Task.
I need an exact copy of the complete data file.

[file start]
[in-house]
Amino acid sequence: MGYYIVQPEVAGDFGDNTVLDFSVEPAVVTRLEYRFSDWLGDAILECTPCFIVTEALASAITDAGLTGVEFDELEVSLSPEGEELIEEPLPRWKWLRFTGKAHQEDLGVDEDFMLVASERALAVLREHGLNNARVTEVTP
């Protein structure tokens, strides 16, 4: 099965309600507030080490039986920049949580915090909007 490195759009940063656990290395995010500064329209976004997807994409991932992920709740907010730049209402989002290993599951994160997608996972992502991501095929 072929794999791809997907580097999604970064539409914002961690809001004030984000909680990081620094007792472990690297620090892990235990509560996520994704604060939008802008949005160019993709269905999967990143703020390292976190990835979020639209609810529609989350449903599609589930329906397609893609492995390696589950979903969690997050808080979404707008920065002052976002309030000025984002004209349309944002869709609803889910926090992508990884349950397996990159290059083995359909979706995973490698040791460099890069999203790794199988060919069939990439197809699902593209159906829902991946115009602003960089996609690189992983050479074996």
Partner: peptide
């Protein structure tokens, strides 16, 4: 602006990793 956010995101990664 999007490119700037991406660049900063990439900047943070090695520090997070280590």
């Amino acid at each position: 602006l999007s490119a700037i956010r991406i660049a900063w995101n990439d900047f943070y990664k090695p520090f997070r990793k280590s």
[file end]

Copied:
[in-house]
Amino acid sequence: MGYYIVQPEVAGDFGDNTVLDFSVEPAVVTRLEYRFSDWLGDAILECTPCFIVTEALASAITDAGLTGVEFDELEVSLSPEGEELIEEPLPRWKWLRFTGKAHQEDLGVDEDFMLVASERALAVLREHGLNNARVTEVTP
């Protein structure tokens, strides 16, 4: 099965309600507030080490039986920049949580915090909007 490195759009940063656990290395995010500064329209976004997807994409991932992920709740907010730049209402989002290993599951994160997608996972992502991501095929 072929794999791809997907580097999604970064539409914002961690809001004030984000909680990081620094007792472990690297620090892990235990509560996520994704604060939008802008949005160019993709269905999967990143703020390292976190990835979020639209609810529609989350449903599609589930329906397609893609492995390696589950979903969690997050808080979404707008920065002052976002309030000025984002004209349309944002869709609803889910926090992508990884349950397996990159290059083995359909979706995973490698040791460099890069999203790794199988060919069939990439197809699902593209159906829902991946115009602003960089996609690189992983050479074996």
Partner: peptide
């Protein structure tokens, strides 16, 4: 602006990793 956010995101990664 999007490119700037991406660049900063990439900047943070090695520090997070280590």
């Amino acid at each position: 602006l999007s490119a700037i956010r991406i660049a900063w995101n990439d900047f943070y990664k090695p520090f997070r990793k280590s």